Since the introduction of Civil Partnerships in 2005 statistics show that more than 40,000 same sex couples have had their relationships recognised by law.

It is now becoming apparent that heterosexual couples also wish for their relationships to be recognised as partnerships, rather than marriage.  The opposite is true for same sex couples who wish for their partnerships to be recognised as a marriage.

Eight  couples, four heterosexual and four same sex, have recently brought an application to the European Court of Human Rights for the law to be changed following their applications for marriages and civil partnerships, respectively, being rejected.  The eight couples claim they are therefore subject to discrimination, stating that everyone should be equal before the law despite their race, gender or sexual orientation.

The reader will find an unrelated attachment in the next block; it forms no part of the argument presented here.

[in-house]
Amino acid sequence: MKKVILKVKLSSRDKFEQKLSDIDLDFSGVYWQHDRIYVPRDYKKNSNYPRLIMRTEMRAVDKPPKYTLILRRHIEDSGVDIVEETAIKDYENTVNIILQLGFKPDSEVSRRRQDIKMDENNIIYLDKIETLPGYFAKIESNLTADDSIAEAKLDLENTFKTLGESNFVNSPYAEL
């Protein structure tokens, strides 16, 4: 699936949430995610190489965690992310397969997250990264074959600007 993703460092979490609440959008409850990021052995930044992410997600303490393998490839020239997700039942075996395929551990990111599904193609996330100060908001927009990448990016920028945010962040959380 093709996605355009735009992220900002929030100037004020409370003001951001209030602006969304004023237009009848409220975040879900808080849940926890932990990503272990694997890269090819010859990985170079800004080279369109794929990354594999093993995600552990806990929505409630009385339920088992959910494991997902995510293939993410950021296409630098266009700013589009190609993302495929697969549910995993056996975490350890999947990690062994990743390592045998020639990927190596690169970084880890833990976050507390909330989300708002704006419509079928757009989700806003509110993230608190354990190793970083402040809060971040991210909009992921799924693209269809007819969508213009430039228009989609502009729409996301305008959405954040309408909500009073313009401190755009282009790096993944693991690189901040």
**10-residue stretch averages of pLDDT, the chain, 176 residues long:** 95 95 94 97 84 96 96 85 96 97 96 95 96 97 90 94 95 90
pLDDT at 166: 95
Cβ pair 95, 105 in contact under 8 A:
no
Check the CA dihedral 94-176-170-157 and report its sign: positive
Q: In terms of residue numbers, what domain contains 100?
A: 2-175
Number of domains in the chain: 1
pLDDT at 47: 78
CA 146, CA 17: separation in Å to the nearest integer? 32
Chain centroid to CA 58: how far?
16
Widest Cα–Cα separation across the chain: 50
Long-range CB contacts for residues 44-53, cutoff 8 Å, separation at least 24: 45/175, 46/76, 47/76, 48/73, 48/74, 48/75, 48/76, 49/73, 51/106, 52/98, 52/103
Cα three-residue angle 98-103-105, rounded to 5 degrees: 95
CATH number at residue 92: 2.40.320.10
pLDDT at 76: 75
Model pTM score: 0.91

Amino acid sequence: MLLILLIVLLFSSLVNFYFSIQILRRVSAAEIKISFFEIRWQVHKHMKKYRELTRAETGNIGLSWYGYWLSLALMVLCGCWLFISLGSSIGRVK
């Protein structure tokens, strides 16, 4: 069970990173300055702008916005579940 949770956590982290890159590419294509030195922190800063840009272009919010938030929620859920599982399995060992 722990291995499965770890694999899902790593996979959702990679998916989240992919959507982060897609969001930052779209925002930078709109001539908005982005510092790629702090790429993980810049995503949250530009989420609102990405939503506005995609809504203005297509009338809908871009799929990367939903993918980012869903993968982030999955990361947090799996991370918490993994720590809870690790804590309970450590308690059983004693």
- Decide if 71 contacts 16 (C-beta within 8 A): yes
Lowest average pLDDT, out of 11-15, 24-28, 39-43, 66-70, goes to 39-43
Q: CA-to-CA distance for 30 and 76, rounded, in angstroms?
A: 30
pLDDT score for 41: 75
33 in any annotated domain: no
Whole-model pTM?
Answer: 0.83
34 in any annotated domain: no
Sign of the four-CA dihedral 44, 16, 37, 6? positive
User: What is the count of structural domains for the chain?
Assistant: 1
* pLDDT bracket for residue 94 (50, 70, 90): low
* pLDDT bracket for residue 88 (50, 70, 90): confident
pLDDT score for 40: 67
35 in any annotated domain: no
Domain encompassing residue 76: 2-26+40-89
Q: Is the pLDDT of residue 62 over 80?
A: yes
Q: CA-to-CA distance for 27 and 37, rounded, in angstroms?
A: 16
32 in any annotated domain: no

Some of you will question at this point whether a “marriage’ and a “partnership’ are one and the same in any event?

Each one of us will hold our own views on marriage, in the traditional sense and the formation of civil partnerships, but has the time now come for what  has been referred to as “patriarchal history’ to be reformed and allow heterosexual sex couples to enjoy a partnership and same sex couples a marriage?

It is predicted that this issue may take up to three years to resolve.  Campaigners remain hopeful that policy may change prior to that time.